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Munch, on Dagny Juell*

after the lithograph, Jealousy II, by Edvard Munch, 1896
Everything about her is irresistible:
her long black hair that falls into my face
when we make love,
her red lips the color of blood flower.
And what's more, she loves me too
even though she is the wife of my close friend
and risks her marriage to meet me afternoons
in my studio in the backstreets of Berlin.
Her husband is outraged but she claims
he does not know her as well as I do
or the other men at the Cafe zum schwarzen Ferkel.
Yes, she has been with a few of them too
but she says I am her most passionate lover,
when I gaze into her eyes I see her soul
and there is nothing she can hide.
In truth, she says, I can never belong to any man,
I am too weak, and then she says,
we are too weak, Edvard, that is why
we will never stay together
and why we need each other so much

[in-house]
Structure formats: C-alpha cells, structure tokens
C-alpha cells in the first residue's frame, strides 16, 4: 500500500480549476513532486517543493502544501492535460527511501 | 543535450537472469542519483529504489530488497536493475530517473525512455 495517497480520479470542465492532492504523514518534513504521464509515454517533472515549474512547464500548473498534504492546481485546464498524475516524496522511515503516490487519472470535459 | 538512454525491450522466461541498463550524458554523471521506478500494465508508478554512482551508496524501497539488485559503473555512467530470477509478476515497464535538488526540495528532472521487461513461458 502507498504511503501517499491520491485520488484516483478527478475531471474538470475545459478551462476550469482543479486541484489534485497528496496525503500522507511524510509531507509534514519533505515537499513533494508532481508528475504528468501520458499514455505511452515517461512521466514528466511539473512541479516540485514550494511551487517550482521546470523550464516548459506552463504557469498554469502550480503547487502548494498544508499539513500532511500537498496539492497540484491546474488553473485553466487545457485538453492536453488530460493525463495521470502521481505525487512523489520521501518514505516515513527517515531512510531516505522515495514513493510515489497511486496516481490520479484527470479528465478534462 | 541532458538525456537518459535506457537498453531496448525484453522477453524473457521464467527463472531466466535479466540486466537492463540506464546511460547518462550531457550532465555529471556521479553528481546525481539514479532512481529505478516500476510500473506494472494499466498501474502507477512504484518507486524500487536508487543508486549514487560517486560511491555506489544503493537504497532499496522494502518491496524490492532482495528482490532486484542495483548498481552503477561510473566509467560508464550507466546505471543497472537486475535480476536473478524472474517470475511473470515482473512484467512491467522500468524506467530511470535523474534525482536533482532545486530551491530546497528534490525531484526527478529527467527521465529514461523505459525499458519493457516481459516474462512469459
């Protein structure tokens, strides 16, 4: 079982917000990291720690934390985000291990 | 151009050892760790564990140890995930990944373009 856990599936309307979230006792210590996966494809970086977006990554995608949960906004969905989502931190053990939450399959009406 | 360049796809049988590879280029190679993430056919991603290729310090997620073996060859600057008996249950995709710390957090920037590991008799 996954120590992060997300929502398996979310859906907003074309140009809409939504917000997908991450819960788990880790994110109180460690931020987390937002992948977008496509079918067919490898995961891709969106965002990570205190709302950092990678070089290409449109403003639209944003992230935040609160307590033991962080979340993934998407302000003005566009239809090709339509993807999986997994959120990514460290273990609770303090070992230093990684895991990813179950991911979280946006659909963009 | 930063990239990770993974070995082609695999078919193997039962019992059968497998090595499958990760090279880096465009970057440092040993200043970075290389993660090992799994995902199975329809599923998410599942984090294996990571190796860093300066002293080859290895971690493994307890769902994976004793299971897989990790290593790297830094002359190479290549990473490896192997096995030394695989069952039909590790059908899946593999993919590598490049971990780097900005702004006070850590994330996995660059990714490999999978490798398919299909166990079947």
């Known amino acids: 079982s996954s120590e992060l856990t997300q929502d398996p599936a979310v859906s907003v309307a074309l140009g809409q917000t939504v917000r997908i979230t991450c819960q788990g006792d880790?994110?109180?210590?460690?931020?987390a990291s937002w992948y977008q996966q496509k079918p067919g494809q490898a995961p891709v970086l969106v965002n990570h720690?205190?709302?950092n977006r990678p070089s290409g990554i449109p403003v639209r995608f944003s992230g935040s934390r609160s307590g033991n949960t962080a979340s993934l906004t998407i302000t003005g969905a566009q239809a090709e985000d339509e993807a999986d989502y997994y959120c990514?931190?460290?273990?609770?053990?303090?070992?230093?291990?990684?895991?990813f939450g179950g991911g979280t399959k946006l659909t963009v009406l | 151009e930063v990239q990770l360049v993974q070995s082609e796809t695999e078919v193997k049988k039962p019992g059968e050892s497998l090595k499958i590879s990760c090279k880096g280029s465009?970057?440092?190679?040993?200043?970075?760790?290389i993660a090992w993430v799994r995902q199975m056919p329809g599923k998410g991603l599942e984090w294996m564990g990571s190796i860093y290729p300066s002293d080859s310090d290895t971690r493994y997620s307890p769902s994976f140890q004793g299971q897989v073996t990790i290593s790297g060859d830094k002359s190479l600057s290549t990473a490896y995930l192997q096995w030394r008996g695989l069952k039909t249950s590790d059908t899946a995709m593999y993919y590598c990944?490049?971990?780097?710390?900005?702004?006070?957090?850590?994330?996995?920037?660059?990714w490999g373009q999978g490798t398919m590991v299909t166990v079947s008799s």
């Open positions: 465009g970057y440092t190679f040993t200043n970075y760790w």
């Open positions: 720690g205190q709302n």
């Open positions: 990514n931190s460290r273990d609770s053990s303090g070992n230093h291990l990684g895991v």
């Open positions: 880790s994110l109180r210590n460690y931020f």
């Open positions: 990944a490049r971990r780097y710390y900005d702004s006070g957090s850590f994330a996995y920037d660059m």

we embrace like this in the afternoon light--
surely all of Berlin can see. 

* - published in The Girl Eating Oysters, by Stewart Florsheim, 2River Chapbook Series, 2004

Rembrandt, Petulant

after the etching, Self-Portrait, Frowning, by Rembrandt, 1630
Perhaps the men from the guild decided
not to buy the Rembrandt after all
and chose a Lastman instead, 
or Saskia complained once too often
about how cold it is in his Leiden flat
and wouldn't life be better if he had
a proper house in Amsterdam, 
so Rembrandt goes into his study and etches his image
into the wax: brows furrowed, lips sealed
to prevent him from saying what he should. 
But he was never very good with words, 
they always got him into trouble like this morning
when the green grocer tried to sell him
an overripe banana and Rembrandt called him a klotzak
so now he won't be able to go in there for days
and Saskia will have to extend his apologies. 
Rembrandt continues etching the lines of his forehead, 
each one for another man from the guild, 
may they all end up at the bottom of a canal.

Stewart Florsheim has poetry in DoubleTake, Seattle Review and Slipstream. His poetry is also included in the anthologies Unsettling America: Race and Ethnicity in Contemporary American Poetry, Bittersweet Legacy, and And What Rough Beast.

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